The unit will start with a consideration of how we measure how much energy is in our food. Students will approach this concept in a lab in which students' burn various foods to determine their calorie content. This process is known as calorimetry. It can be done by putting a volume of water in a soda or tin can and elevating the can on a ring stand. The initial temperature of water is measured and the final temperature of water is measured after the food is burned beneath the water. The change in water temperature reflects the amount of energy in the food, which can be converted into the number of calories in the food. The definition of a calorie is the amount of energy it takes to raise one gram of water 1°C. The Calorie that is seen on nutrition labels is, in fact, a thousand calories or one kilocalorie. By doing this experiment, students should understand that foods with more fats have more calories, and thereby more energy, than less fattening foods.
Biology students have some background knowledge about the basic macronutrients: fats, carbohydrates and proteins that are obtained from food. Students will brainstorm what foods they think have protein, carbohydrates and fats, and then test several mystery foods with chemical indicators to determine which foods have which macronutrients. The chemical indicator solutions we will use are Benedict's solution for simple sugars, Lugol's solution for starch, and Biuret's solution for proteins. Benedict's solution is a chemical indicator that produces a color change from a blue solution to a red, green or yellow color in the presence of simple sugars like glucose. Lugol's iodine turns deep purple to black in the presence of starch. Biuret's solution changes from blue to pink/purple in the presence of protein. Sudan III solution is a chemical indicator that stains lipids a red color.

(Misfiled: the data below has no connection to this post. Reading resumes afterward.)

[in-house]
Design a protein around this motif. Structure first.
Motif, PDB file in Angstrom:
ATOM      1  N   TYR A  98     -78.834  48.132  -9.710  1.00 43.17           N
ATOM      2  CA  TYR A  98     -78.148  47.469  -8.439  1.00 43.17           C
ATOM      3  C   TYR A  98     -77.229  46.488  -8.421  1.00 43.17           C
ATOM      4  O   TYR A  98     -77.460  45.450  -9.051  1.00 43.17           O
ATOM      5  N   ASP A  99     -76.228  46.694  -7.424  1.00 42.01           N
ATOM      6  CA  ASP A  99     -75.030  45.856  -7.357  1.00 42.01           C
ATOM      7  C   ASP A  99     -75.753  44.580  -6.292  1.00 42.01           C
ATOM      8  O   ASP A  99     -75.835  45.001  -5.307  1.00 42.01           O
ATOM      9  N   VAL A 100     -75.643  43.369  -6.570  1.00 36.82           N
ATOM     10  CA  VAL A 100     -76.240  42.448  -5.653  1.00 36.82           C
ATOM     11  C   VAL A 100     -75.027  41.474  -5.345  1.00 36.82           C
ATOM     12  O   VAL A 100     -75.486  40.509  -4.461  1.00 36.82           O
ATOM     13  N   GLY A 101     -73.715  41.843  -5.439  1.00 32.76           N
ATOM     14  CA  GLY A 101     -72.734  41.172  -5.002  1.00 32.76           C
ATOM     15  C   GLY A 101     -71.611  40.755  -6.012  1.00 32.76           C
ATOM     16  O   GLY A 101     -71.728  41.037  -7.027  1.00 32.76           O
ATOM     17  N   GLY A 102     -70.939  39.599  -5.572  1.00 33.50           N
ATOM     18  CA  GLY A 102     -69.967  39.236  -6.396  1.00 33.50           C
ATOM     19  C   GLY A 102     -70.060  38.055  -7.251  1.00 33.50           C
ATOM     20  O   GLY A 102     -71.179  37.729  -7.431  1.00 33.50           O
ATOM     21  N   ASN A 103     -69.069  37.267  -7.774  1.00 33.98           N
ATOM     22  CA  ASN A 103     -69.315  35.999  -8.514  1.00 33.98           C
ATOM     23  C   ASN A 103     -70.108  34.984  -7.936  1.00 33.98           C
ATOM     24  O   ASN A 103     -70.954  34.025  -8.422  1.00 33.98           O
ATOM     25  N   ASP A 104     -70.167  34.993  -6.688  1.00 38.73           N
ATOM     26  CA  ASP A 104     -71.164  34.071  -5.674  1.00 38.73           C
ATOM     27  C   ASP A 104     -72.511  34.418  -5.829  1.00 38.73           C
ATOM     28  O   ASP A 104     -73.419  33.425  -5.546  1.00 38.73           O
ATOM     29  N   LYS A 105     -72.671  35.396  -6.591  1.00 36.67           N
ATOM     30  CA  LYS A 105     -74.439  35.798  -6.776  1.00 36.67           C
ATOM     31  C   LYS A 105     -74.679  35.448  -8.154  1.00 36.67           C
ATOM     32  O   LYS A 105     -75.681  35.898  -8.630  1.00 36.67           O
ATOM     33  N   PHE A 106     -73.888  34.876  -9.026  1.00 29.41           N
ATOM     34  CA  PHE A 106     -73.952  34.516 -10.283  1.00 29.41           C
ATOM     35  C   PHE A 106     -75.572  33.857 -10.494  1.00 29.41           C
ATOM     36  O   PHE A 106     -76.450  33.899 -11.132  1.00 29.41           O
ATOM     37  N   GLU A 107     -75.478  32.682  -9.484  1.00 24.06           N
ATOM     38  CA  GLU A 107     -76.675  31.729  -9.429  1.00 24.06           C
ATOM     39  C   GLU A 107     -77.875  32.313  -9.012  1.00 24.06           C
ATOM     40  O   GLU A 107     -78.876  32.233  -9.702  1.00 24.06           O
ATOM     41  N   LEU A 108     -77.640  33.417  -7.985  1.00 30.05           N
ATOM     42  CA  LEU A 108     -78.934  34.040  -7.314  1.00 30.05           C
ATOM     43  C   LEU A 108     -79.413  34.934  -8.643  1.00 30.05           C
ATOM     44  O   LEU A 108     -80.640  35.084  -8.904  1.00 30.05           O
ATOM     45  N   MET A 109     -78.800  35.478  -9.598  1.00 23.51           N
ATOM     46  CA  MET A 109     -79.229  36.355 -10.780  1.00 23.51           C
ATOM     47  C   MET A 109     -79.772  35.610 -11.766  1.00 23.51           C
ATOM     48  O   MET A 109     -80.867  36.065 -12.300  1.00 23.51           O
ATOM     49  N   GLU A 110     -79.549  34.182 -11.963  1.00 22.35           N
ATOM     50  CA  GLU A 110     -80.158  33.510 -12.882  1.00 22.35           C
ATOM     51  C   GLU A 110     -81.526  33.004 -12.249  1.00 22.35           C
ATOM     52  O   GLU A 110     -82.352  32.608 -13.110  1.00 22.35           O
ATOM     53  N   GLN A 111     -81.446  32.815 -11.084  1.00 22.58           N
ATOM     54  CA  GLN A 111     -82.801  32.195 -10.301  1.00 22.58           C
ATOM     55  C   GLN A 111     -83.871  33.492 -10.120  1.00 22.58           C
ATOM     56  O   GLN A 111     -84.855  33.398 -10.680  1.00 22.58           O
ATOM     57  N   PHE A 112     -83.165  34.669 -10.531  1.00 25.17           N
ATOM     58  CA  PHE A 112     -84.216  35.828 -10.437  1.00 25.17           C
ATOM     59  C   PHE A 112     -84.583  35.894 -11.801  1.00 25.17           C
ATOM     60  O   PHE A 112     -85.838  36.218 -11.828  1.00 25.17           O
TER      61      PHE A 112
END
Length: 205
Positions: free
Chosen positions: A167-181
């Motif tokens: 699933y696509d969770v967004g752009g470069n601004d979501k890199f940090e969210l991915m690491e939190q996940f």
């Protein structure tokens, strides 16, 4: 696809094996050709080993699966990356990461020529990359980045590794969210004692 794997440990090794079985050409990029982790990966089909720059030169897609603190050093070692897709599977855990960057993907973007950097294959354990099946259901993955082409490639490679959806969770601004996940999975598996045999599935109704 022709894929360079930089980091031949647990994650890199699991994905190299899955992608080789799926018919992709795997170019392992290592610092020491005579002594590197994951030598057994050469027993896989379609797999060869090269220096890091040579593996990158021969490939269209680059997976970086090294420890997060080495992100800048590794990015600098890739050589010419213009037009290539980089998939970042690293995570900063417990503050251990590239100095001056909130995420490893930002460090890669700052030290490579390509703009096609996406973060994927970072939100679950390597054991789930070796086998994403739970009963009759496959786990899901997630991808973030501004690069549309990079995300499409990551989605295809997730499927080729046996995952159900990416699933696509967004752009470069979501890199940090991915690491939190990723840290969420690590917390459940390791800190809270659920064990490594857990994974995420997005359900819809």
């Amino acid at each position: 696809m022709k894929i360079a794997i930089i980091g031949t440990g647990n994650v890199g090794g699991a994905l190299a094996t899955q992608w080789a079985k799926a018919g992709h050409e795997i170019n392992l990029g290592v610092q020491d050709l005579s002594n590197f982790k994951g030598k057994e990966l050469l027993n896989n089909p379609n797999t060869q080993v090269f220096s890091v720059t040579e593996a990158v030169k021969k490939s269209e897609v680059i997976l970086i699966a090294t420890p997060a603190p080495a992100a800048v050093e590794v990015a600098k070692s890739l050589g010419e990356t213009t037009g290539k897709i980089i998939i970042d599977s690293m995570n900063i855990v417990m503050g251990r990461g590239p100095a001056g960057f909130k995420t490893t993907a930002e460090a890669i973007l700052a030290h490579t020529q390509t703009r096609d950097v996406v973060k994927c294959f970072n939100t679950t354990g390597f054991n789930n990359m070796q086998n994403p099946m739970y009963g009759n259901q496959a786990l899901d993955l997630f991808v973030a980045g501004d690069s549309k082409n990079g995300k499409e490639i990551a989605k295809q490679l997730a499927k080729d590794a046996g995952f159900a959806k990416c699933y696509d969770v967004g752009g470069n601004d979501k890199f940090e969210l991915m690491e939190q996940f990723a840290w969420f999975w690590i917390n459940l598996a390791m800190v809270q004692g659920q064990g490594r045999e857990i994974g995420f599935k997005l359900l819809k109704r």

Following this activity, students will learn through readings and lecture the structure and function of the macronutrients (proteins, fats and carbohydrates). Each day, we will cover a different macronutrient and do an activity for that macronutrient. For protein, we will create a protein using "amino acid" pop beads. The students will continue their study of amino acids by analyzing different protein sources to see which amino acids they contain. Because vegetable sources of protein do not have all the essential amino acids (not synthesized in the body), the students will design a vegetarian meal that will supply all essential amino acids.
For lipids, we will observe the differences in color and viscosity of skim milk, 2% milk, whole milk, half and half and heavy cream and analyze the fat content of these milk products as well. Students will also observe the differences between oil, butter and lard. 42 After writing observations, I will introduce the molecular structures of saturated and unsaturated fats. They will connect the straight chain structure of saturated fats to their solid physical state at room temperature, and the kinky structure of unsaturated fats results in a liquid state at room temperature. I will bring in nutritional labels of certain candy bars so that students can see examples of fats on nutrition labels and learn about partially hydrogenated fats. Hydrogenation is a process to solidify unsaturated fats, in effort to avoid the less healthy saturated fats. Unfortunately, a by-product of this process is trans fats, which are dangerous to health. Most food companies have eliminated trans fats, and trans fats are now banned in New York City.